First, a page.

Obama ignored charges that the spill was "his Katrina," a reference to former president George Bush's poor handling of Hurricane Katrina, the deadly 2005 storm that decimated the city of New Orleans.
He told reporters history would judge his response to the oil spill.
But the US president acknowledged that the government simply was not prepared to handle a disaster of this magnitude.
"There was a lack of anticipation about what the worst case scenarios would be, and that was a problem," he said.
'Top kill' progress
US Coast Guard officials say BP's latest effort to plug the well has stopped the flow of oil, at least temporarily.
The British energy giant began pumping heavy mud into the gusher on Wednesday, a process called the 'top kill.' The company hopes that the mud will cap the steady stream of millions of litres of oil.
Al Jazeera's Anand Naidoo reports on economic and environmental risks facing Florida Keys
Thad Allen, the head of the Coast Guard, said early on Thursday that oil is no longer coming out of the well. But he said the well still has some oil pressure, which could theoretically cause a weak spot in the pipe to explode.
BP will now pump cement into the well to permanently seal it off.
Lisa Novak, a spokeswoman for the Coast Guard, later said that Allen "did not declare success." But "things are going according to plan," she said.
BP officials struck a more cautious tone. Speaking on Friday, the company's CEO, Tony Hayward, said it will be 48 hours until BP knows whether the procedure was successful.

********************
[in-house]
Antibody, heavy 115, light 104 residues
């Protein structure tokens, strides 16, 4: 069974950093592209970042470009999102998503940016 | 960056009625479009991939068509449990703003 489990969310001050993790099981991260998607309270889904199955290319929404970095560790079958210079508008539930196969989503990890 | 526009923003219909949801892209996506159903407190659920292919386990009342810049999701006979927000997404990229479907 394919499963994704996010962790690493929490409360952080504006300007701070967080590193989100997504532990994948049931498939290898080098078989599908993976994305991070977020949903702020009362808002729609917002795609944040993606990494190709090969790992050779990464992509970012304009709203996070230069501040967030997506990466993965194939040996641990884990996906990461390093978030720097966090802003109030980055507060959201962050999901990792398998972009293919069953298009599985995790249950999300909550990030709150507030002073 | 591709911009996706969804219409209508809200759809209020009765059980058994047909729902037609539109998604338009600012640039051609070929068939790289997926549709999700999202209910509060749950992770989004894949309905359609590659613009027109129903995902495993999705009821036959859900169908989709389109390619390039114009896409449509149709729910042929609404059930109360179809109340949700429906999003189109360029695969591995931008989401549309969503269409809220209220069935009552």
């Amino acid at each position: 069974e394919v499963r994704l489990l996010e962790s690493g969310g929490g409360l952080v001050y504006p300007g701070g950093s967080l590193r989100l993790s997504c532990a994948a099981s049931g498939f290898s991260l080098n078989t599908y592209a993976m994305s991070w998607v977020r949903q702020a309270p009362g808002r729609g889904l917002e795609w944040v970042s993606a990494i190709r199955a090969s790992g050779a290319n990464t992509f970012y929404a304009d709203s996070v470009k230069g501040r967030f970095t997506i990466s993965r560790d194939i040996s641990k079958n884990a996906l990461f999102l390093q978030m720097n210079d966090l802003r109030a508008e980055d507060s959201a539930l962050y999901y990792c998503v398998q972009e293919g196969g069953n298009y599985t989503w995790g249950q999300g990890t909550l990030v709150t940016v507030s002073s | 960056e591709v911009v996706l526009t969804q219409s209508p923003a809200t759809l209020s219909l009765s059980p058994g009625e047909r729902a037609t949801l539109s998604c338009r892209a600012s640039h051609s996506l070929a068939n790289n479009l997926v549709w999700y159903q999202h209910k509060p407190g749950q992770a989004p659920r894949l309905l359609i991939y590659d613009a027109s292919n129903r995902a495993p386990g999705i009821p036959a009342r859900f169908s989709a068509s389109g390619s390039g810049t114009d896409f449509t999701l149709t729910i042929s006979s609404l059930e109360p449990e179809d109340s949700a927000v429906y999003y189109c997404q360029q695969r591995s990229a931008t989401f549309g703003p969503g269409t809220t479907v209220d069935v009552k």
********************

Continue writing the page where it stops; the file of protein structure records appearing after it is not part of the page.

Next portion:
MMS director resigns
Meanwhile, Liz Birnbaum, the head of the Minerals Management Service (MMS) - the US agency which oversees offshore oil drilling - announced her resignation on Thursday.
Birnbaum's agency has been heavily criticised in recent weeks for its close ties with the oil industry.
A report from the agency's inspector general, released earlier this month, documented MMS employees accepting gifts from oil companies and allowing workers on drilling platforms to fill out their own inspection reports.
Obama criticised the agency last week for having a "cosy relationship" with industry.
"I'm surprised it took this long," said Tyson Slocum, the director of Washington-based Public Citizen's Energy Programme, referring to Birnbaum's resignation.
"Her agency took too much of a permissive role in trying to regulate the oil industry. It's clear that there are incestuous relationships within that agency."
Ken Salazar, the US interior secretary, called her a "good public servant" during testimony on Thursday before the US House of Representatives.
BP's fresh attempt to contain the spill comes as fishermen, hotel and restaurant owners, politicians and residents along the coast become frustrated over the company's previous unsuccessful attempts to stop the leak.
The leak began after an offshore drilling rig exploded on April 20, killing 11 workers.
By the most conservative estimate, 26 million litres of crude have spilled into the Gulf, fouling Louisiana's marshes, coating birds and other wildlife and curtailing fishing.
But US officials say the actual tally could be much higher. At a congressional hearing on Thursday, the head of the US Geological Survey estimated the flow at up to 19,000 barrels of oil (3 million litres) per day.
The US coast guard approved the mud injection on Wednesday after scientists ran a series of diagnostic tests to determine whether the procedure could work - or if it could potentially make the leak worse.